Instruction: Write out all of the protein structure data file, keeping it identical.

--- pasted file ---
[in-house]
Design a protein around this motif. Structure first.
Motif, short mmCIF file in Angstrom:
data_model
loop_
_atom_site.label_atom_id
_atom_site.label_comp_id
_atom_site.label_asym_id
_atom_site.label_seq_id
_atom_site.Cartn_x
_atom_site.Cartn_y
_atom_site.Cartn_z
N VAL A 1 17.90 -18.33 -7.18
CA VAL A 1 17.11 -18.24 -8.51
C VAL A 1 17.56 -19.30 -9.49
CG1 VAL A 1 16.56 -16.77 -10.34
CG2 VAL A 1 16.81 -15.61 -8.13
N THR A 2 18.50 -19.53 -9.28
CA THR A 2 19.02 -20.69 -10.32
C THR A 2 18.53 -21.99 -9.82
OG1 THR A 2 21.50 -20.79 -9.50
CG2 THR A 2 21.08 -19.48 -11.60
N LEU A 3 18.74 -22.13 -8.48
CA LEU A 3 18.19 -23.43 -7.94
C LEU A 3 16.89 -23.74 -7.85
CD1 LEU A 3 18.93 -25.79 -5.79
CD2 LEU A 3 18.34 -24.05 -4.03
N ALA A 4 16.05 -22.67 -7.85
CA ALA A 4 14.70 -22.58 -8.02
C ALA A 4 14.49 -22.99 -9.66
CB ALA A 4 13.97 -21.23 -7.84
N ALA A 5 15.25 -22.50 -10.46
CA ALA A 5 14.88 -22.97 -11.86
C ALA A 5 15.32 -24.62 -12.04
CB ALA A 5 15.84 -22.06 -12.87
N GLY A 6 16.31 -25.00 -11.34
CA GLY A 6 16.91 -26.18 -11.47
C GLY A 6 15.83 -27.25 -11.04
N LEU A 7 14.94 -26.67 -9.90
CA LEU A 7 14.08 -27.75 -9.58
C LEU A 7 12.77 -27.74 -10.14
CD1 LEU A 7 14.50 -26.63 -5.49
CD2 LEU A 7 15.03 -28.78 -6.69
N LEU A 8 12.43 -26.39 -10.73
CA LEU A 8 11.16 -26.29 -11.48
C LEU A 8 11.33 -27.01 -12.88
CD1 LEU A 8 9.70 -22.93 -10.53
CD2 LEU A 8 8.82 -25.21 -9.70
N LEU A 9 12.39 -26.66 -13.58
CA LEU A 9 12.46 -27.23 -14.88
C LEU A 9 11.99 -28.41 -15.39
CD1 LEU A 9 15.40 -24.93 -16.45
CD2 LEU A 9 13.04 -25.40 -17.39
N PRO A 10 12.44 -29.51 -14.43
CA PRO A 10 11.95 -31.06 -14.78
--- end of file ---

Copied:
[in-house]
Design a protein around this motif. Structure first.
Motif, short mmCIF file in Angstrom:
data_model
loop_
_atom_site.label_atom_id
_atom_site.label_comp_id
_atom_site.label_asym_id
_atom_site.label_seq_id
_atom_site.Cartn_x
_atom_site.Cartn_y
_atom_site.Cartn_z
N VAL A 1 17.90 -18.33 -7.18
CA VAL A 1 17.11 -18.24 -8.51
C VAL A 1 17.56 -19.30 -9.49
CG1 VAL A 1 16.56 -16.77 -10.34
CG2 VAL A 1 16.81 -15.61 -8.13
N THR A 2 18.50 -19.53 -9.28
CA THR A 2 19.02 -20.69 -10.32
C THR A 2 18.53 -21.99 -9.82
OG1 THR A 2 21.50 -20.79 -9.50
CG2 THR A 2 21.08 -19.48 -11.60
N LEU A 3 18.74 -22.13 -8.48
CA LEU A 3 18.19 -23.43 -7.94
C LEU A 3 16.89 -23.74 -7.85
CD1 LEU A 3 18.93 -25.79 -5.79
CD2 LEU A 3 18.34 -24.05 -4.03
N ALA A 4 16.05 -22.67 -7.85
CA ALA A 4 14.70 -22.58 -8.02
C ALA A 4 14.49 -22.99 -9.66
CB ALA A 4 13.97 -21.23 -7.84
N ALA A 5 15.25 -22.50 -10.46
CA ALA A 5 14.88 -22.97 -11.86
C ALA A 5 15.32 -24.62 -12.04
CB ALA A 5 15.84 -22.06 -12.87
N GLY A 6 16.31 -25.00 -11.34
CA GLY A 6 16.91 -26.18 -11.47
C GLY A 6 15.83 -27.25 -11.04
N LEU A 7 14.94 -26.67 -9.90
CA LEU A 7 14.08 -27.75 -9.58
C LEU A 7 12.77 -27.74 -10.14
CD1 LEU A 7 14.50 -26.63 -5.49
CD2 LEU A 7 15.03 -28.78 -6.69
N LEU A 8 12.43 -26.39 -10.73
CA LEU A 8 11.16 -26.29 -11.48
C LEU A 8 11.33 -27.01 -12.88
CD1 LEU A 8 9.70 -22.93 -10.53
CD2 LEU A 8 8.82 -25.21 -9.70
N LEU A 9 12.39 -26.66 -13.58
CA LEU A 9 12.46 -27.23 -14.88
C LEU A 9 11.99 -28.41 -15.39
CD1 LEU A 9 15.40 -24.93 -16.45
CD2 LEU A 9 13.04 -25.40 -17.39
N PRO A 10 12.44 -29.51 -14.43
CA PRO A 10 11.95 -31.06 -14.78